Now that you understand the lifecycle of your customer, it’s time to start planting those seeds and growing relationships so you can develop a community of loyal customers. It’s those people who help ensure your Shopify store is successful long-term and see you through the ups and downs of the market.
The Complete Shopify Lifecycle Marketing Playbook
Before you can harvest the benefits of a loyal customer base, you must attract people to your ecommerce store. This is where lifecycle marketing verges away from our gardening metaphor. You can’t, after all, take a trip to the local farm store, buy bags of seeds weighed out on a scale and come back to drop them all into the ground.
Instead, you need to engage in traffic and lead generation work to bring those seedling customers to you.
Traffic generation is anything you do to bring people to your virtual storefront. If your Shopify store was a small business with a physical location, traffic generation efforts might include local advertising, competitive signage and interesting window displays. For online retailers, traffic generation typically involves efforts such as search engine optimization, online advertising and social media marketing.
Search Engine Optimization (SEO) and Product Descriptions
Search engine optimization, or SEO, refers to everything you do on and off your store’s pages to show up higher in organic search results.
This is critical because the bulk of the clicks go to links that show up on the first search results page for a query—that’s typically the top 10. And more than 50% of the clicks go to the top three results.
Shopify SEO can get a bit technical, but one of the most important things you can do to help your pages show up well in search engine results pages (SERPs) has to do with product descriptions.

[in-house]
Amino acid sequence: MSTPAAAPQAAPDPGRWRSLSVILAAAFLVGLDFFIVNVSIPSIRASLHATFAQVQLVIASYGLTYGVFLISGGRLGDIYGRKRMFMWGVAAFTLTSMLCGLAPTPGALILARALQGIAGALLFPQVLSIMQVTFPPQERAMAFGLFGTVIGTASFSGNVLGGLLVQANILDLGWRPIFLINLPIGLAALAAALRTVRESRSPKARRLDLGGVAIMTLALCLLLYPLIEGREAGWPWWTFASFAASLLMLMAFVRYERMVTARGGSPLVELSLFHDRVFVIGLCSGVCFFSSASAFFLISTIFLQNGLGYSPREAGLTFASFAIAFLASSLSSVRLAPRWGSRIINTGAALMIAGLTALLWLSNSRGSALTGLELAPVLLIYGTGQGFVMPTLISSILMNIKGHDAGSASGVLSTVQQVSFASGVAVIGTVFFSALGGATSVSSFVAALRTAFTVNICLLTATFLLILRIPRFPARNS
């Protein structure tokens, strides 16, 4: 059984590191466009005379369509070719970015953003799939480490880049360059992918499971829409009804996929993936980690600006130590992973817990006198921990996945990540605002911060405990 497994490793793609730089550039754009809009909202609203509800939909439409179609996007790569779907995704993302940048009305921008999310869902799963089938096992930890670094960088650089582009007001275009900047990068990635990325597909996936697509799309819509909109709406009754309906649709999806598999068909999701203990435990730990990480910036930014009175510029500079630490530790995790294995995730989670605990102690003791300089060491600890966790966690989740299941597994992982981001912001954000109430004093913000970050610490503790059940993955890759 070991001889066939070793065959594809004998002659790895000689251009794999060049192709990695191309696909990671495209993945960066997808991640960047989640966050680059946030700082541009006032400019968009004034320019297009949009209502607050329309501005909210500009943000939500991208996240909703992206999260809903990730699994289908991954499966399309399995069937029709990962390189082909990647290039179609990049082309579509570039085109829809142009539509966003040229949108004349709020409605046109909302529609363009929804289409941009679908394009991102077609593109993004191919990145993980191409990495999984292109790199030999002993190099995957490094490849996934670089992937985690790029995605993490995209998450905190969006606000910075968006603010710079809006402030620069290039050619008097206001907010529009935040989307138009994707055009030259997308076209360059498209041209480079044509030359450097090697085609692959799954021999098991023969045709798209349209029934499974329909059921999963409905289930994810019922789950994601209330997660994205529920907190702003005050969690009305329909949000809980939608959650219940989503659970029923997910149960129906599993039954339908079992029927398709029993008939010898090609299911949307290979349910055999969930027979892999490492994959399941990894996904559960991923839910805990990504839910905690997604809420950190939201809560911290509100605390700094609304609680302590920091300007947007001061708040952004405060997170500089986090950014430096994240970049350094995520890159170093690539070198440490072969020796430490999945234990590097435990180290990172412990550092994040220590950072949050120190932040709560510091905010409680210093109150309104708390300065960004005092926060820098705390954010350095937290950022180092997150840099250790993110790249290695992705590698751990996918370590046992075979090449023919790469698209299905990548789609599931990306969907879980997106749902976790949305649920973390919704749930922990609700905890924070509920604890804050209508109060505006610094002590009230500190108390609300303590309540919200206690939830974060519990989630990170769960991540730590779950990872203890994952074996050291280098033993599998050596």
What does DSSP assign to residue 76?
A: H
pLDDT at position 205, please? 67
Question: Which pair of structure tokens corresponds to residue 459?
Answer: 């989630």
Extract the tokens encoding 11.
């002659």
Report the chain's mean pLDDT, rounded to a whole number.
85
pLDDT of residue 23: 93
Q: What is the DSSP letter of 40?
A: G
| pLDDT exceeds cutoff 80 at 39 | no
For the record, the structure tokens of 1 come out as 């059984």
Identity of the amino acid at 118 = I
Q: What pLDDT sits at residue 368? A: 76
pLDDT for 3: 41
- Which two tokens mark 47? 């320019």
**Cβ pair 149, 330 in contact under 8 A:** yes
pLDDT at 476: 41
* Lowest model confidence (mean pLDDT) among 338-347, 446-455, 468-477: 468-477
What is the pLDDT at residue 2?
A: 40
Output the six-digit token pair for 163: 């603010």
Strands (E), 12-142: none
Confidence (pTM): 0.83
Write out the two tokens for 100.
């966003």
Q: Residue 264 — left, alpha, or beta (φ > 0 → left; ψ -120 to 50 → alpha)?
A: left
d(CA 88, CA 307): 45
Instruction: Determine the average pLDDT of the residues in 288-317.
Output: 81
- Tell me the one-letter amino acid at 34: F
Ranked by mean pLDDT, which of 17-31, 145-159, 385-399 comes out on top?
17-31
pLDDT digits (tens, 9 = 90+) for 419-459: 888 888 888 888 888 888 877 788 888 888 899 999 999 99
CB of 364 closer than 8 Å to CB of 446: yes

Product descriptions refer to the content that describes your products and helps the reader envision themselves using those items. There’s a tendency among Shopify store owners and other ecommerce businesses to take a shortcut when it comes to product descriptions. That short cut usually looks like this: Copy and paste the description from the manufacturer. Or, write a single description and use it on as many products as possible, simply changing out specifics such as color or size.
Here’s a secret about Google and the other search engines: they don’t like duplicate content. They’re especially intolerant of what’s called “external duplication” content, which occurs when you publish text on your pages that came from outside pages (such as a manufacturer). This is true even though many manufacturers provide content marketing descriptions specifically for resellers to use!
Search engines don’t consider this type of duplicate content to be especially high-value to the user. So, if the search engine discovers duplicate content on your site, it’s less likely to rank your pages high for relevant search terms.
Tips for Writing Unique Product Descriptions
Writing unique marketing copy for each of your new product pages helps boost your SEO. Here are a few tips for doing so.